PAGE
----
In contrast to what we have seen over the past eight years in Lansing and Washington, divided government can work by forcing the two parties to join together in a diplomatic, pragmatic approach toward common sense solutions.

The Democratic wave in the November elections has forced a sea change, as Michigan Dems will now control the governor, secretary of state and attorney general in Lansing, while the Democrats in Washington look forward to their capture of the U.S. House.

Previously, Lansing Republicans controlled every facet of state government since 2010 and have streamrolled legislation through to completion by ignoring the Democratic minority. In Washington, the GOP Congress famously blocked most initiatives put forward by former President Barack Obama and clinged tightly to many proposals advanced by President Trump.

Fast forward to December 2018 and the ongoing, partisan power grab by Republicans in the lame-duck session in the state Capitol does not bode well for bipartisan cooperation in the upcoming 2019-2020 legislative session. And the Oval Office shouting match on Tuesday between Democratic leaders Nancy Pelosi and Chuck Schumer and President Trump certainly signals a raucous time in Washington starting in January.

However, a centrist reform group known as Congress of Tomorrow reminds us that divided governments have been among the most productive and successful in recent history. Those who pine for the good old days of civility, compromise and collaboration certainly understand that the entire duration of the Nixon, Ford, Reagan, and George H.W. Bush administrations were marked by a Republican president and a Congress in which the Democrats controlled at least one chamber.

In addition, according to Bridge Magazine, the relatively passive approach by Michigan Democrats toward the brutal lame duck suggests a high-minded, long-term strategy led by Democratic Gov.-elect Gretchen Whitmer.

Congress of Tomorrow offers these examples of what they call the greatest bipartisan achievements that have occurred during divided government in Washington:

  • 2016 – The 21st Century Cures Act: This bill, passed by a Republican Congress and signed into law by Obama, increased funding for the National Institutes of Health to expand biomedical research for cures and treatments of various illnesses and diseases.
  • 2012 — The JOBS Act: Created to aid entrepreneurship and small business growth by limiting federal regulations and allowing individuals to invest in new companies, this bill dramatically increased the use of crowdfunding platforms to raise money for startups. It passed a divided Congress and was signed into law by President Obama. At the time, House Majority Leader Eric Cantor said: “The bipartisan JOBS Act represents an increasingly rare legislative victory in Washington where both sides seized the opportunity to work together, improved the bill, and passed it with strong bipartisan support.”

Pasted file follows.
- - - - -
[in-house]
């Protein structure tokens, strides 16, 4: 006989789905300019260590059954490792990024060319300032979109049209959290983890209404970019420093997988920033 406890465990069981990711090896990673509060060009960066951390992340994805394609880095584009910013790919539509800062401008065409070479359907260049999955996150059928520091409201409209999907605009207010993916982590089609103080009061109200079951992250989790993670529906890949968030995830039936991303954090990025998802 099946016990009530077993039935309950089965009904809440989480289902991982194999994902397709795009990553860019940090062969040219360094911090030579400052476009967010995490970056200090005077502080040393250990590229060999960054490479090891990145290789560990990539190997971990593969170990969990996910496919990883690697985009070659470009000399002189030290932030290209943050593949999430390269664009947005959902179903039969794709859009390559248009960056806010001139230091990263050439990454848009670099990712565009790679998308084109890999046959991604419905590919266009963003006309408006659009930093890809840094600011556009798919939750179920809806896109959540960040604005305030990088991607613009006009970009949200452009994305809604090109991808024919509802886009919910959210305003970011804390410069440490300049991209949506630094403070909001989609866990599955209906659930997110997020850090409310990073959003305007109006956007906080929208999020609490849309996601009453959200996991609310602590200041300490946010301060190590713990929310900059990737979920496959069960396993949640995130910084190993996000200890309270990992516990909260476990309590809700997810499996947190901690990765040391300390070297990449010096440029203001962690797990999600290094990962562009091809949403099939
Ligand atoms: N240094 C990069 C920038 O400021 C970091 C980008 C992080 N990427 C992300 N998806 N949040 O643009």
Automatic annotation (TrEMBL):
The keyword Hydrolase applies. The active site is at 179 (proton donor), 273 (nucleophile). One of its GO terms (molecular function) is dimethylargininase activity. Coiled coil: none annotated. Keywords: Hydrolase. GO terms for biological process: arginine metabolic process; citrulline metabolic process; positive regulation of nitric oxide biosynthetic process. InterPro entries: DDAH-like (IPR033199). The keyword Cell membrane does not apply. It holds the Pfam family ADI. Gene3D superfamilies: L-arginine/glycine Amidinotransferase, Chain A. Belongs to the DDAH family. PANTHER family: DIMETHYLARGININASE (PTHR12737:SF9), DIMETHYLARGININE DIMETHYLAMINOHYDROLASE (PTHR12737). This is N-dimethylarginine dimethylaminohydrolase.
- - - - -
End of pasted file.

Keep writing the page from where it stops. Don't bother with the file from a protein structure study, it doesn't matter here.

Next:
• 2001 — No Child Left Behind (NCLB): While it faced growing criticism many years later, the NCLB’s bipartisan passage was viewed as a major accomplishment shortly after President George W. Bush took office. It provided sweeping education reforms, with the feds establishing a policy of standards-based education programs in every state. In a divided Congress, the bill made its way to Bush’s desk with a big push from such diverse lawmakers as GOP Congressman John Boehner and Democratic Sen. Ted Kennedy.
  • 1990 — Americans with Disabilities Act (ADA): George H.W. Bush, whose death was mournfully memorialized by the nation last week, pushed through long overdue legislation to end discrimination of disabled people and barriers they faced in living a productive life. After a grueling, partisan debate in Congress, the bill emerged from Capitol Hill and Bush 41 signed it into law.
  • 1983 — Social Security Reform: For decades, Social Security has served as an untouchable program due to the public outcry that would result if the program was altered. But when the Social Security Trust Fund was facing deficits in the early 1980s, Democratic and Republican leaders in Congress came together to reform the program. President Reagan signed the legislation.
  • 1977 — The Food Stamp Program: Perhaps the oddest duo to emerge in Congress in recent memory occurred when Republican Sen. Bob Dole and Democratic Sen. George McGovern joined forces. Dole had just lost the 1976 election as Gerald Ford’s running mate, and McGovern had seen his ultraliberal presidential campaign of 1972 wiped out by a 49-state landslide re-election by President Nixon. But these two came together to revive the food stamp program that was phased out after the Great Depression and their compromise efforts succeeded.

Today, Congress of Tomorrow and other good-government reform groups urge changes in the burdensome legislative rules on Capitol Hill, starting with the upcoming 116th Congress. Currently, a small group of party leaders enjoy a stranglehold on the entire process of advancing bills through the House and Senate.

Specifically, the group calls for the creation of a new Committee on the Organization of Congress – three committees of this nature have existed about two decades apart since 1946, with the last one in 1993. And in each case, the goal was to modernize Congress’ rules and procedures to improve functionality and avoid gridlock.

In the category of strange coincidences, incoming House Rules Committee Chairman Rep. Jim McGovern (no relation to George McGovern, though both shared the Massachusetts Democrat label) has proposed a rules package that would establish a more bipartisan path on Capitol Hill.

Perhaps somehow, the GOP-controlled Michigan Legislature and incoming Gov. Whitmer — who has emphasized her pragmatism — could similarly find their way to establish a new decorum in the capital, with new protocols and procedures, that would lead the way toward a solutions-based state government for the future.